The advanced prostate cancer drug, abiraterone, has been approved for use in NHS Scotland by the Scottish Medicines Consortium (SMC).
The drug, which has been credited with helping to extend the life of Lockerbie bomber Abdelbaset al-Megrahi, had initially been ruled out by the SMC for use in NHS Scotland on account of expense. However, the medicines watchdog has today accepted abiraterone for restricted use in NHS Scotland following a successful resubmission by the manufacturer.
Dr Harpal Kumar, chief executive, Cancer Research UK, today expressed his “delight” that abiraterone will be made available for men whose cancer carries on growing after or during treatment with chemotherapy.
“This decision is an extremely important one for patients and their families because there are no other treatments available for men with this type of cancer.
“We know abiraterone is an effective drug. Although it’s not a cure, it can offer men crucial extra months at the end of their lives, which can feel priceless to them and their loved ones.”
Cancer Research UK was involved in developing the drug, and so Kumar says it is “gratifying” to see it now available for routine use in Scotland. However, he added that it has taken the SMC “far too long to come to the right decision” and urged them to consider “a more efficient way of fast tracking resubmissions.”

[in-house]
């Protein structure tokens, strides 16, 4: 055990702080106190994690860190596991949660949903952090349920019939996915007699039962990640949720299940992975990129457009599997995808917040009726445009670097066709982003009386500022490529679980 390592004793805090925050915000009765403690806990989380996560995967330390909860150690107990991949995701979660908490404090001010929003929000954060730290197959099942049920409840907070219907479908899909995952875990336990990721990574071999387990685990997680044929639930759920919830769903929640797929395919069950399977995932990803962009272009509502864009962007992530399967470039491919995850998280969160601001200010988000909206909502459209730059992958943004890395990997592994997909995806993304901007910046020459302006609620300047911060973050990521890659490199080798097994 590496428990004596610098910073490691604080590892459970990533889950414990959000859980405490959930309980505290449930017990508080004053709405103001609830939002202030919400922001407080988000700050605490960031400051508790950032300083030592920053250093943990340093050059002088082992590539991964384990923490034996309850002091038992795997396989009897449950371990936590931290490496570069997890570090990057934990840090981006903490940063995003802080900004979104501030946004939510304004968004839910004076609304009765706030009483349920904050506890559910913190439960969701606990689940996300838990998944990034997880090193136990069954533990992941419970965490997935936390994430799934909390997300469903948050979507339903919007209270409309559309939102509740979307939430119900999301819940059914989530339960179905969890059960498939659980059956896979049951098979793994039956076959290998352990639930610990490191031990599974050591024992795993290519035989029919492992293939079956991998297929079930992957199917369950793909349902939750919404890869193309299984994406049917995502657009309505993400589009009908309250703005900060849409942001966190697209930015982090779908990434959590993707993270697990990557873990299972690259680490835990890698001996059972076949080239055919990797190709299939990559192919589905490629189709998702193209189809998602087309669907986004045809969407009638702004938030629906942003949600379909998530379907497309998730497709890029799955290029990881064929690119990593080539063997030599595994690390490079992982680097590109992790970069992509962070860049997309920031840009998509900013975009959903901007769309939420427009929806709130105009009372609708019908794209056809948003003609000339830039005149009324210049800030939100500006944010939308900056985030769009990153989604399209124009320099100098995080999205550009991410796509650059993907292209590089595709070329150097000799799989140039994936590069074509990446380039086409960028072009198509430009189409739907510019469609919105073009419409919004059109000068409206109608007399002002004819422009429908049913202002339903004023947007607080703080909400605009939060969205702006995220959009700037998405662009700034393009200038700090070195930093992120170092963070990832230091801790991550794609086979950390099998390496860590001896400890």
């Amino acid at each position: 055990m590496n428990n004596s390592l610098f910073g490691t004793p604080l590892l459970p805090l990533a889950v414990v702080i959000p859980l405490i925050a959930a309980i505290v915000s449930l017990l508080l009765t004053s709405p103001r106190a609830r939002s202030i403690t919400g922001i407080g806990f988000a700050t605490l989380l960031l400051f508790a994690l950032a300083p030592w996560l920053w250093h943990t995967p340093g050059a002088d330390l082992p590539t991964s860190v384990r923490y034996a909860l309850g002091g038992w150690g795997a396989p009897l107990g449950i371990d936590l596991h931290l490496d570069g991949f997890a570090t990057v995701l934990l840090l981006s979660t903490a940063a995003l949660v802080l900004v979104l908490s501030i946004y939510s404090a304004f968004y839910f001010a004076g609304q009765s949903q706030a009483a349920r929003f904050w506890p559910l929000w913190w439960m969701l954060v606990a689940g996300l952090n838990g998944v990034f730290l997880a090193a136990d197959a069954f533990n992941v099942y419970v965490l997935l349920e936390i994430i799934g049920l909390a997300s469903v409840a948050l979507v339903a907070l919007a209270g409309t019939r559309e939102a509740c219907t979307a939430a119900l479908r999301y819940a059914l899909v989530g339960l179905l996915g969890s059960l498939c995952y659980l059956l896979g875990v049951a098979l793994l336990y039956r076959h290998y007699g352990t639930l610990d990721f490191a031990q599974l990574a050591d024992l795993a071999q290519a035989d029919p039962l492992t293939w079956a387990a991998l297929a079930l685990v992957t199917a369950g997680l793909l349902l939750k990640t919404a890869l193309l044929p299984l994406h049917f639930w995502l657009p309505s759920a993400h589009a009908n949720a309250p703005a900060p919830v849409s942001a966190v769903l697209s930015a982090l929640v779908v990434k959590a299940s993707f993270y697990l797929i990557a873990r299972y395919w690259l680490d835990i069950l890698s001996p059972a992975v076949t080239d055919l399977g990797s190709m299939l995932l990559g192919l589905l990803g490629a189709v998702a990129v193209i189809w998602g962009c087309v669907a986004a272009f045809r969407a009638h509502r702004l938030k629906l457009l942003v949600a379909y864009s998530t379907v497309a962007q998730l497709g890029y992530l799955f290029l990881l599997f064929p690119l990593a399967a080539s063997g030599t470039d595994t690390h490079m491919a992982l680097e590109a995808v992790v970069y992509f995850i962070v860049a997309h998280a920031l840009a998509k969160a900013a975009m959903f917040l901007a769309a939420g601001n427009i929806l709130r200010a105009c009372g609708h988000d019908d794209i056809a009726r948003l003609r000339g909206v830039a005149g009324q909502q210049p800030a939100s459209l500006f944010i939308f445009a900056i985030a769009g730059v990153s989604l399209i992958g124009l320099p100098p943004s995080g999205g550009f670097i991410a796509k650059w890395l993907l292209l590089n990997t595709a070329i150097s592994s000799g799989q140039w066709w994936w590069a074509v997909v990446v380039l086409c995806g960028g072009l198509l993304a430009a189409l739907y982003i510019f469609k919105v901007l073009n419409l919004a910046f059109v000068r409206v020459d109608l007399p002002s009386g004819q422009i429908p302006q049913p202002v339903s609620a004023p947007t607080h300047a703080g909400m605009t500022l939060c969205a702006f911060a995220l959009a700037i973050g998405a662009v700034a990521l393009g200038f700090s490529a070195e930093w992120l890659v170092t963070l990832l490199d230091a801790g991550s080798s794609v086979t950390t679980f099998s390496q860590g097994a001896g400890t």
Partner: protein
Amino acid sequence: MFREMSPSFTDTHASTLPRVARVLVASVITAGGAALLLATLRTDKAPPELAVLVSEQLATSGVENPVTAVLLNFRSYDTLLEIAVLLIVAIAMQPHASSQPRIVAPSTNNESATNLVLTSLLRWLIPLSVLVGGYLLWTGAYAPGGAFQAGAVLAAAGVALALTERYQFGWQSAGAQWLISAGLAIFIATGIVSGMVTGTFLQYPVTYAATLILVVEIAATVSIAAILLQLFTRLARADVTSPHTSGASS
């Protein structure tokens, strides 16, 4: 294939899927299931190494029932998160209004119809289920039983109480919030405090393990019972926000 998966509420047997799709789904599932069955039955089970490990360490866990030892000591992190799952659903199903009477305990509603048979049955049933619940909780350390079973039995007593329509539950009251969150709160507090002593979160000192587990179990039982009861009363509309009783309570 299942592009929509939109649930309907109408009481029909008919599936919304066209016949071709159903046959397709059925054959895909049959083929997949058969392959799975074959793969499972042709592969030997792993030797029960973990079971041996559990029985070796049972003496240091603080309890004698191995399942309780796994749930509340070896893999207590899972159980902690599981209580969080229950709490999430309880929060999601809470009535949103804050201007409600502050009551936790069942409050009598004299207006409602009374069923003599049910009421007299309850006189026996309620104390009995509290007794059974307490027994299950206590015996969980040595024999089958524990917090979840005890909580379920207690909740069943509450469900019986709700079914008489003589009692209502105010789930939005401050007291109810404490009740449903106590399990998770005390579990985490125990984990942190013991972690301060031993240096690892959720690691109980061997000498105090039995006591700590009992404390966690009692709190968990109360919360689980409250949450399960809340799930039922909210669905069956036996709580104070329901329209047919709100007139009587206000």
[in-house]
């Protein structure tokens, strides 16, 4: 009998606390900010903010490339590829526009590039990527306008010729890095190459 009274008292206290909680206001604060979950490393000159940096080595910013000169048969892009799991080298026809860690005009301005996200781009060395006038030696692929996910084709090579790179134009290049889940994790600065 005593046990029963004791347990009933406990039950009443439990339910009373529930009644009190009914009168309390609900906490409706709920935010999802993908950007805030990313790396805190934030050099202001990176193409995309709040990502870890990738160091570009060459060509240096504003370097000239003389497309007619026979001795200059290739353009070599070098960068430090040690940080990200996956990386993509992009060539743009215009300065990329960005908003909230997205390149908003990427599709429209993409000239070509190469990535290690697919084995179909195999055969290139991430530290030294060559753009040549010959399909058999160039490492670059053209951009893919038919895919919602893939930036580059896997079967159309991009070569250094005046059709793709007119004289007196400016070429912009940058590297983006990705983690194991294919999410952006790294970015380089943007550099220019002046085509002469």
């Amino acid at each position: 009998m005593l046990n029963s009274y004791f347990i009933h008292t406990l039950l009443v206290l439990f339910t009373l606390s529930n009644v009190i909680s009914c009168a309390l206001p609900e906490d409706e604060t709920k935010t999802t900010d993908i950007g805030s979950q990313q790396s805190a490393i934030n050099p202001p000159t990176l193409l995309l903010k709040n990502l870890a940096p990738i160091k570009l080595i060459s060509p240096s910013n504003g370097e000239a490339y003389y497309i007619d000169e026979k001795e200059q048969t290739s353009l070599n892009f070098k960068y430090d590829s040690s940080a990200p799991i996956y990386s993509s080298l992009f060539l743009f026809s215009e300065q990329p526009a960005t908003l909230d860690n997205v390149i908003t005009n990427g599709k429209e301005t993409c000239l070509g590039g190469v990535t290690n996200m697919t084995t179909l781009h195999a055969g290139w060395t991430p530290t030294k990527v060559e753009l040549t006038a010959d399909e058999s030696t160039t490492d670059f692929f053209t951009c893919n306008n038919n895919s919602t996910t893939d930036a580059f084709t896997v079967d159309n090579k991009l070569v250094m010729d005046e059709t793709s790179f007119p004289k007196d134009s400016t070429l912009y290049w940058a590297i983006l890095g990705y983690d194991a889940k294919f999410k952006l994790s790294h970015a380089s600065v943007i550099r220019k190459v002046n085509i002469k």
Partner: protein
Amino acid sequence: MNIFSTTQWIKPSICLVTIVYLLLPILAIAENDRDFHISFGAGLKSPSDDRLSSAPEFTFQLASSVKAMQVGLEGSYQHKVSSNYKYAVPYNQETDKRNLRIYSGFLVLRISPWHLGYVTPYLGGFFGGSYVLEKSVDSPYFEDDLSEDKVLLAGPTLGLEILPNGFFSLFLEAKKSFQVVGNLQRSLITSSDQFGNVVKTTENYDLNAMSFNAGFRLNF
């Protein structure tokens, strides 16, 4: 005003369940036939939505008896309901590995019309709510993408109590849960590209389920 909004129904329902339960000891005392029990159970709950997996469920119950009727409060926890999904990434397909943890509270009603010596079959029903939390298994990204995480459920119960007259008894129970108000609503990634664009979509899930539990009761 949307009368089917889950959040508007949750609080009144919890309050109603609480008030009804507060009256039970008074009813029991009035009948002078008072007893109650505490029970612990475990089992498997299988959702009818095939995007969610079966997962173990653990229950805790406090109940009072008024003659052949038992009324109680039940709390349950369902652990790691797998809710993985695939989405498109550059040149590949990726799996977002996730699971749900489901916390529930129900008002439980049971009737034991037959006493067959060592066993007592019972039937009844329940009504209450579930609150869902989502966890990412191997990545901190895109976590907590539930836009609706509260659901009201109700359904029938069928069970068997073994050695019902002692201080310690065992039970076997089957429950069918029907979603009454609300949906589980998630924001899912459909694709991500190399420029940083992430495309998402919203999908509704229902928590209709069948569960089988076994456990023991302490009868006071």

The Scottish medicines watchdog had come under renewed pressure to approve the drug earlier this month when Northern Ireland became the third country in the UK to allow access. At the time Owen Sharp, chief executive of Prostate Cancer UK, spoke of the charity’s “dismay that Scotland remains out on a limb as the only country in the UK where men with incurable prostate cancer continue to be routinely denied access to abiraterone on the NHS.”
Scottish Conservative health spokesman and deputy leader Jackson Carlaw MSP said he was “glad the SMC has finally seen sense on this issue” but called it an “injustice” that it hasn’t been available before now.
He said: “This drug – which was used to keep the Lockerbie bomber alive so successfully – should have been available long before now.
“It has been an injustice that Scottish men have been the only ones in the UK not to have had access to this.
“That wouldn’t have been so bad if the SNP dropped its opposition to a Cancer Drugs Fund, which would have at least made Abiraterone available through those means.
“Sufferers of other cancers are still in this predicament, and a £10 million fund similar to that which exists in England would make a huge difference to so many lives.
The SMC advice note on abiraterone is available here: http://www.scottishmedicines.org.uk/SMC_Advice/Advice/764_12_abiraterone_Zytiga/Briefing_Note_abiraterone_Zytiga_Resubmission